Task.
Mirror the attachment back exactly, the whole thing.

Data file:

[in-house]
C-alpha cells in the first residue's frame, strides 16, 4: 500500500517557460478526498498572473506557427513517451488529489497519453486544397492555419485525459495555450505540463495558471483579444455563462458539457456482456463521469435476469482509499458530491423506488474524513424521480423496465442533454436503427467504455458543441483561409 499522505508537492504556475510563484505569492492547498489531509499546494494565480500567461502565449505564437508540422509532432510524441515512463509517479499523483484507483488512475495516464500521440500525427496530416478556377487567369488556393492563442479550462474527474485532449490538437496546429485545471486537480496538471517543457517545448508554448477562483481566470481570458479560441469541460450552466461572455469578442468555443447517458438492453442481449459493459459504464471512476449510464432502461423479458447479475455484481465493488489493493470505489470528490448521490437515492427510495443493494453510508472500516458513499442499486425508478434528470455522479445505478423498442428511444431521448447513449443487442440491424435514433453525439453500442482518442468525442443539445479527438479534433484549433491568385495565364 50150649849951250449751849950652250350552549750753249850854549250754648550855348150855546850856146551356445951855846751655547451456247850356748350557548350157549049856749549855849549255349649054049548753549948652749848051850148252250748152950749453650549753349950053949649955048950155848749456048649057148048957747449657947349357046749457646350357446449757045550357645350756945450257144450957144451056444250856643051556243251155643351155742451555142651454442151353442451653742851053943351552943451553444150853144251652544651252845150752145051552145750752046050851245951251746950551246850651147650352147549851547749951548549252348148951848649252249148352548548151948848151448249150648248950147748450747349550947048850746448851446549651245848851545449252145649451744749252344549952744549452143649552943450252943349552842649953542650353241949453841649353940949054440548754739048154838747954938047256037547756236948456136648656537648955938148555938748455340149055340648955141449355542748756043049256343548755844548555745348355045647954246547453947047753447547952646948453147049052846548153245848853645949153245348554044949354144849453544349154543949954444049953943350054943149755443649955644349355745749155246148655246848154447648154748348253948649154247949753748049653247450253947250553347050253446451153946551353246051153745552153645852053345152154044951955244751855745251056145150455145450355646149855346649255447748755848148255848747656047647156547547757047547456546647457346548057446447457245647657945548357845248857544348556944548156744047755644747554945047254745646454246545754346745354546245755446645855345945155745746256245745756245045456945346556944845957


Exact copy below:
[in-house]
C-alpha cells in the first residue's frame, strides 16, 4: 500500500517557460478526498498572473506557427513517451488529489497519453486544397492555419485525459495555450505540463495558471483579444455563462458539457456482456463521469435476469482509499458530491423506488474524513424521480423496465442533454436503427467504455458543441483561409 499522505508537492504556475510563484505569492492547498489531509499546494494565480500567461502565449505564437508540422509532432510524441515512463509517479499523483484507483488512475495516464500521440500525427496530416478556377487567369488556393492563442479550462474527474485532449490538437496546429485545471486537480496538471517543457517545448508554448477562483481566470481570458479560441469541460450552466461572455469578442468555443447517458438492453442481449459493459459504464471512476449510464432502461423479458447479475455484481465493488489493493470505489470528490448521490437515492427510495443493494453510508472500516458513499442499486425508478434528470455522479445505478423498442428511444431521448447513449443487442440491424435514433453525439453500442482518442468525442443539445479527438479534433484549433491568385495565364 50150649849951250449751849950652250350552549750753249850854549250754648550855348150855546850856146551356445951855846751655547451456247850356748350557548350157549049856749549855849549255349649054049548753549948652749848051850148252250748152950749453650549753349950053949649955048950155848749456048649057148048957747449657947349357046749457646350357446449757045550357645350756945450257144450957144451056444250856643051556243251155643351155742451555142651454442151353442451653742851053943351552943451553444150853144251652544651252845150752145051552145750752046050851245951251746950551246850651147650352147549851547749951548549252348148951848649252249148352548548151948848151448249150648248950147748450747349550947048850746448851446549651245848851545449252145649451744749252344549952744549452143649552943450252943349552842649953542650353241949453841649353940949054440548754739048154838747954938047256037547756236948456136648656537648955938148555938748455340149055340648955141449355542748756043049256343548755844548555745348355045647954246547453947047753447547952646948453147049052846548153245848853645949153245348554044949354144849453544349154543949954444049953943350054943149755443649955644349355745749155246148655246848154447648154748348253948649154247949753748049653247450253947250553347050253446451153946551353246051153745552153645852053345152154044951955244751855745251056145150455145450355646149855346649255447748755848148255848747656047647156547547757047547456546647457346548057446447457245647657945548357845248857544348556944548156744047755644747554945047254745646454246545754346745354546245755446645855345945155745746256245745756245045456945346556944845957